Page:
The tea spot: a holistic instructor creates a sexy new environment for an age-old beverage.
AFTER WATER, IT'S THE NO. 1 DRINK ALL OVER THE world--except here in the U.S., where it ranks No. 7. But Sunyatta Amen, N.D., a naturopath and belly dance and yoga instructor, is determined to improve tea's U.S. standing. She's off to a promising start in Washington, D.C., where 18 months ago she opened SiTea: The Spice Boutique (www.siteaspice.myshopify.com). "It's unapologetic about being infused with magic," is how this fifth-generation master herbalist describes her space. Amen also feels it's an expansion of her family's legacy. Her Caribbean-born parents owned two side-by-side businesses: a sporting goods store, and one of the first juice bars and holistic health stores in Harlem. Amen is looking forward to opening her tea boutique in cities across the U.S. "I feel like this is a reimagining of what my father started: the belly dancing and yoga studio on one side, and the tea shop." Only sexier, she adds.
Decorated in warm, rich colors and tapestries, the shop instantly transports visitors into serene, relaxing interpersonal exchanges. Through her apothecary Amen sells a wide variety of international teas and spices, as well as small plated dishes that include vegan desserts, samosas (pastries stuffed with curried vegetables), and soups. "I work with private farmers all over the world, some I know personally and others I've been introduced to. We communicate via e-mail and Skype." Amen purchases only organic products, such as black tea from Sri Lanka, mint from Morocco, lemongrass from Thailand, and cinnamon, cardamom, and a bold relative of ginger called galangal from Vietnam. She blends--by hand--special recipes, which all have exotic names and effects. "I blend for health and wellness, energy lifting, sensuality, and hair, skin, and nails." Chocolate Mandingo chai, made with Assam black tea, cloves, ginger, and other spices, is a favorite of Top Chef contestant Carla Hall. "It's a top seller," says Amen. Love Potion Number 10 (Amen's grandmother's recipe) is a blend of Sri Lankan black tea, black peppercorn, cinnamon, ginger, and aphrodisiac spices; My Last Good Nerve blends soothing herbs like lavender, cloves, and hibiscus; and Idris (named for the actor Idris Elba) is a Dominican chocolate-infused chai melded with other spices.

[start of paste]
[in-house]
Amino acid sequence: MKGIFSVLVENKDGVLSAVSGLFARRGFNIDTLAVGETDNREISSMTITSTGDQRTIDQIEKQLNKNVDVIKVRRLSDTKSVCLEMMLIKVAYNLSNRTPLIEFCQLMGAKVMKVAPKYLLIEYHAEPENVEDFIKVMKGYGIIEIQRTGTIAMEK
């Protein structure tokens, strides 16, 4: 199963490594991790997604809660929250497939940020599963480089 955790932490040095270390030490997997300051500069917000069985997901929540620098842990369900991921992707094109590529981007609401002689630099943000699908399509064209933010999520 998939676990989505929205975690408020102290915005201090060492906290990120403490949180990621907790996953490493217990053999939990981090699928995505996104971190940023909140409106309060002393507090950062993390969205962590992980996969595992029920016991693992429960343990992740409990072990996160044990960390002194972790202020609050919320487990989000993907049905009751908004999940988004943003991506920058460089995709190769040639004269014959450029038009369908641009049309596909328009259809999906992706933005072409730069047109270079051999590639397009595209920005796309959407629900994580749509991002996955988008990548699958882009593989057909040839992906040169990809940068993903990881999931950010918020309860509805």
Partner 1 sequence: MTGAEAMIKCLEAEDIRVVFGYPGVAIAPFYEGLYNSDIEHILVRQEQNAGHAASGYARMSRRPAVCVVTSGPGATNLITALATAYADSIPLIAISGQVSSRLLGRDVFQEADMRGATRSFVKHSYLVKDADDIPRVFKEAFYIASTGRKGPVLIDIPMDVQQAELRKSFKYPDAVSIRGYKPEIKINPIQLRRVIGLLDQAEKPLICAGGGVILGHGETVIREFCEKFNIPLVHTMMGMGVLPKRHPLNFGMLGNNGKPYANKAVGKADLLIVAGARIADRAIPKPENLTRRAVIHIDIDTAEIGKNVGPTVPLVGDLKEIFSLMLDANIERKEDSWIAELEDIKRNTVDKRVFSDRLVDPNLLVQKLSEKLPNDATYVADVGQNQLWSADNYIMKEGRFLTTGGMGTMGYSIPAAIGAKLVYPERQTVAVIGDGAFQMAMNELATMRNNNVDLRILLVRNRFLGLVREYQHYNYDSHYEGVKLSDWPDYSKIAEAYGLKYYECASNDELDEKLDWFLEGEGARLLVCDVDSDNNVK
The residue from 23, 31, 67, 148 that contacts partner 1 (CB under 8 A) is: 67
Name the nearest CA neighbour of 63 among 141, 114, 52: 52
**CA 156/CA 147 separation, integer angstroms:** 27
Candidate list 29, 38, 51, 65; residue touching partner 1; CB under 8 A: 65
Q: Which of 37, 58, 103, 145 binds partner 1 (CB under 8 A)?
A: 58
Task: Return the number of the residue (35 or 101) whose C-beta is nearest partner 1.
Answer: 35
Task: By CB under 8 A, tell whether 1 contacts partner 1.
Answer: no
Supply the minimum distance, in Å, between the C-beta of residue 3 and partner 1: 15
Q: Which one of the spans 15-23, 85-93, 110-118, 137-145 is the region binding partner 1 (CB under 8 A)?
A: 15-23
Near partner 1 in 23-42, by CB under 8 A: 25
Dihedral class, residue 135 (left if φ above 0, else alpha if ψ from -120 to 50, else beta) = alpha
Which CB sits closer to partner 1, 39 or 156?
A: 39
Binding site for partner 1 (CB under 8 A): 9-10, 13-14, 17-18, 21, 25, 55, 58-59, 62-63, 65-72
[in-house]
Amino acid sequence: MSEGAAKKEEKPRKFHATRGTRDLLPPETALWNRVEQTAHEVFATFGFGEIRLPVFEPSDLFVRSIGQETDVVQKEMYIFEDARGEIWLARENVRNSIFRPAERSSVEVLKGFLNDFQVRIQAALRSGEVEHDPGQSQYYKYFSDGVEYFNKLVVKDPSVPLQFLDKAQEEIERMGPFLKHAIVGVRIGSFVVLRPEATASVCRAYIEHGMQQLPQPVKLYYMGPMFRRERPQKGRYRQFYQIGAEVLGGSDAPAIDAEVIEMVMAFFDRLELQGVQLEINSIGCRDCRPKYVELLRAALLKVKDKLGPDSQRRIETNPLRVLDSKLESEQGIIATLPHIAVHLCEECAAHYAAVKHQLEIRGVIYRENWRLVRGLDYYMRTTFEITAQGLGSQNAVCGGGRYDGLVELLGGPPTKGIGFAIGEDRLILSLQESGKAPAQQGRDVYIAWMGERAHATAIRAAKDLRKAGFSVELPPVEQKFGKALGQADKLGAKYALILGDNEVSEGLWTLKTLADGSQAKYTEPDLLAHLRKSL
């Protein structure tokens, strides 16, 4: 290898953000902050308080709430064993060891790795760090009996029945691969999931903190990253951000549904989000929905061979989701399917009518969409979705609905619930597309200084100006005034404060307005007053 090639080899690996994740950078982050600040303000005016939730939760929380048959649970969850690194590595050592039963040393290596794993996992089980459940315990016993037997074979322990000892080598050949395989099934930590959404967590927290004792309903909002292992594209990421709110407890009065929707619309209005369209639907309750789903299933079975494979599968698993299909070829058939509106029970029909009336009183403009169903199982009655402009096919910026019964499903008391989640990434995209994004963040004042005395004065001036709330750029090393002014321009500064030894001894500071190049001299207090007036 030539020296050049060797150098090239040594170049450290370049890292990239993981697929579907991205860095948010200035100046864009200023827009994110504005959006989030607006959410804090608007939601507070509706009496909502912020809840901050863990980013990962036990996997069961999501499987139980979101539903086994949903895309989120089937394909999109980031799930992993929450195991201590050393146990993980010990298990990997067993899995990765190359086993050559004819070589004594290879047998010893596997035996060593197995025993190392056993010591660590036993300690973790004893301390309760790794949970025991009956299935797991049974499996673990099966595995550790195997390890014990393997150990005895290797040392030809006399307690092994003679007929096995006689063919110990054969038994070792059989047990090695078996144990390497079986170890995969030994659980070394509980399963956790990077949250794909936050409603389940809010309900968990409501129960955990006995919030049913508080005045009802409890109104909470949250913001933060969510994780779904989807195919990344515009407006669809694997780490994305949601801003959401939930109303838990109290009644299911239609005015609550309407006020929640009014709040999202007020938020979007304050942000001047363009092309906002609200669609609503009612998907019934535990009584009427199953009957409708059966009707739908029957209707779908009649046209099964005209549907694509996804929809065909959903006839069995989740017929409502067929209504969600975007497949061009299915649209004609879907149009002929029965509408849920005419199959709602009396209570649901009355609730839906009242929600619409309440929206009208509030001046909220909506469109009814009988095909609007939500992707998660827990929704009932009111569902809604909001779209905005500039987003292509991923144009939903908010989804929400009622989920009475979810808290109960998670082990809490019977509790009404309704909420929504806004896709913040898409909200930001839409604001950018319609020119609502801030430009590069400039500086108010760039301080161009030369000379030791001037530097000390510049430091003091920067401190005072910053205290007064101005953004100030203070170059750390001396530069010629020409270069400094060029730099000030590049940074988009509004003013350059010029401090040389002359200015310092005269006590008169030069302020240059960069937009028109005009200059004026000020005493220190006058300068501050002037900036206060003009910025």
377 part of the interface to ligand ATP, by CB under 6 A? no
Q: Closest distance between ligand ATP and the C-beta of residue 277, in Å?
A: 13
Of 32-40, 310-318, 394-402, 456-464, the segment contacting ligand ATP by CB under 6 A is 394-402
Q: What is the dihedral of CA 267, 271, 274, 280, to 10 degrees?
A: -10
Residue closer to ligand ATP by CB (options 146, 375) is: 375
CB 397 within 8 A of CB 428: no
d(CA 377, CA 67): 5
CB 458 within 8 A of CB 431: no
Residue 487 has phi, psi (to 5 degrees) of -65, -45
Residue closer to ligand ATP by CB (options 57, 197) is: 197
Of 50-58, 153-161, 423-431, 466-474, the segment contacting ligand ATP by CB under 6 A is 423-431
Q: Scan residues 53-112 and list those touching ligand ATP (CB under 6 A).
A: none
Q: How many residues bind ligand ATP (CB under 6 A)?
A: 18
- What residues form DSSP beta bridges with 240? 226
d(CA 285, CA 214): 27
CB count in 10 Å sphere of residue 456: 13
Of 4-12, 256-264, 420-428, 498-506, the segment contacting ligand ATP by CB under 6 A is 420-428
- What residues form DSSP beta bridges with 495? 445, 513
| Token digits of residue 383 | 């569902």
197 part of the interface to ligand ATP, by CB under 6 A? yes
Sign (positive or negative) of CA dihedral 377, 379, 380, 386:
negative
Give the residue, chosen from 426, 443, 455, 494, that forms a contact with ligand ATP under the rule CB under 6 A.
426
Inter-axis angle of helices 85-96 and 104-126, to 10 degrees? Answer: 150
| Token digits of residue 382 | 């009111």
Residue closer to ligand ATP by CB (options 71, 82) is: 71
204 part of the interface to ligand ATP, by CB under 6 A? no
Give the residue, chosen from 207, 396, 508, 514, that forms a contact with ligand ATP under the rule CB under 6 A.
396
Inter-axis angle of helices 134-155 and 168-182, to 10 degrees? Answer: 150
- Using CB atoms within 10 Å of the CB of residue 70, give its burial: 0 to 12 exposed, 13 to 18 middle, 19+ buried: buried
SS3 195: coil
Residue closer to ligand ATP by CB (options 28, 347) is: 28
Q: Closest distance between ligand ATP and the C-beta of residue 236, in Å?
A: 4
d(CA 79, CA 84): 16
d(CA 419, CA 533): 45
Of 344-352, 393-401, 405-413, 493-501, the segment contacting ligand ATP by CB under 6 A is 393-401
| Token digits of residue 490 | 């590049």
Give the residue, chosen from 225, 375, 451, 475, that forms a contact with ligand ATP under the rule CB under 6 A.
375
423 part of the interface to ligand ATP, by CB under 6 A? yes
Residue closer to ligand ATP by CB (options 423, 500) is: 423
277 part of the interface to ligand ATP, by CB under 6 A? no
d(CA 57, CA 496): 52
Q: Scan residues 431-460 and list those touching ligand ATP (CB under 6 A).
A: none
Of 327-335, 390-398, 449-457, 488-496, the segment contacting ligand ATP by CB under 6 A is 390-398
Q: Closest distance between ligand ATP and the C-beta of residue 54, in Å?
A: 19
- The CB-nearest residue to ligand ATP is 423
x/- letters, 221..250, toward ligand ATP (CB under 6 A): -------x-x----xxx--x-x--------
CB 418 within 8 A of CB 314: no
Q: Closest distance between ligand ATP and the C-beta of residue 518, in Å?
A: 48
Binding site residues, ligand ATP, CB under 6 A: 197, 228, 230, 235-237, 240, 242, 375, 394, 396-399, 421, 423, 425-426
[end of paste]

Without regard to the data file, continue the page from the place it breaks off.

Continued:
SiTea also offers unique summertime treats. Tea-finis are served in chilled martini glasses rimmed with ginger or habanero sugar. "The alcohol culture is really about the environment and the experience," says Amen, who sees tea as medicine. "As an herbalist and purveyor of these spices and teas, my job is to evoke for people a complete sensual experience," she says, particularly since many of these flavors and scents offer comfort and healing. "Sometimes it's nostalgic and sometimes it's brand-new." But she promises it will be one her customers will cherish.
|Printer friendly Cite/link Email Feedback|
|Title Annotation:||CONCIERGE SELECT; Sunyatta Amen's SiTea: The Spice Boutique|
|Article Type:||Restaurant review|
|Date:||May 1, 2012|
|Previous Article:||My cool stem career: a look behind the curtain at some of science and technology's coolest jobs.|
|Next Article:||A heart attack saves lives; a community's kindness inspires a daughter's grateful response.|